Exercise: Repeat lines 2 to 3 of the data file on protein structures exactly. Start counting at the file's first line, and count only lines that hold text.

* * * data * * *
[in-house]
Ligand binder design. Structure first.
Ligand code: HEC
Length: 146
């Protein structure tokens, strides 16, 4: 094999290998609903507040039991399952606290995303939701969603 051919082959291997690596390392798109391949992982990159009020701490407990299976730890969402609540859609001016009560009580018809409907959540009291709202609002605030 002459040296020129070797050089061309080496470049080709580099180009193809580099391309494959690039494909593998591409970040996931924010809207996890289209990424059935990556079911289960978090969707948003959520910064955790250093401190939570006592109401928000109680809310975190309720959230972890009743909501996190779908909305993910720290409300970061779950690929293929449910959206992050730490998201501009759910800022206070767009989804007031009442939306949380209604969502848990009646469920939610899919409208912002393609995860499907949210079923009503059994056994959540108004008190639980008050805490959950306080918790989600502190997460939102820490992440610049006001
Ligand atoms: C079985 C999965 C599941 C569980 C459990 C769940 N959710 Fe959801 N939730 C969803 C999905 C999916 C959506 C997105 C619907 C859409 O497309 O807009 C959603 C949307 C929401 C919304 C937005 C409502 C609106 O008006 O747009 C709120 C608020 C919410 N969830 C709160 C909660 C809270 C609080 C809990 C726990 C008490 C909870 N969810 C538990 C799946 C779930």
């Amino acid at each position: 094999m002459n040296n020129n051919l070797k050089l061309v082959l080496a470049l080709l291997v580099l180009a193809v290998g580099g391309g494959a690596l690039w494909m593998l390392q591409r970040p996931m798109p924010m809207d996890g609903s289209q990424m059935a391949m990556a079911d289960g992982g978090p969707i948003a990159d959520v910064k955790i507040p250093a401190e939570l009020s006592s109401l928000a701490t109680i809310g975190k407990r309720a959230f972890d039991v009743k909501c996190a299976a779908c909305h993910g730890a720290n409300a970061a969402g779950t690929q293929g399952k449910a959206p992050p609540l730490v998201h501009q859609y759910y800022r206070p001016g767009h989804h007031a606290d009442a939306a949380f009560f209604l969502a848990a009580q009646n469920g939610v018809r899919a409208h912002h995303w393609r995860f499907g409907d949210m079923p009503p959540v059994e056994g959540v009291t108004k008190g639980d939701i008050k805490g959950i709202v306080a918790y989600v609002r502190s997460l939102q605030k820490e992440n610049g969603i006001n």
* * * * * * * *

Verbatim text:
Ligand binder design. Structure first.
Ligand code: HEC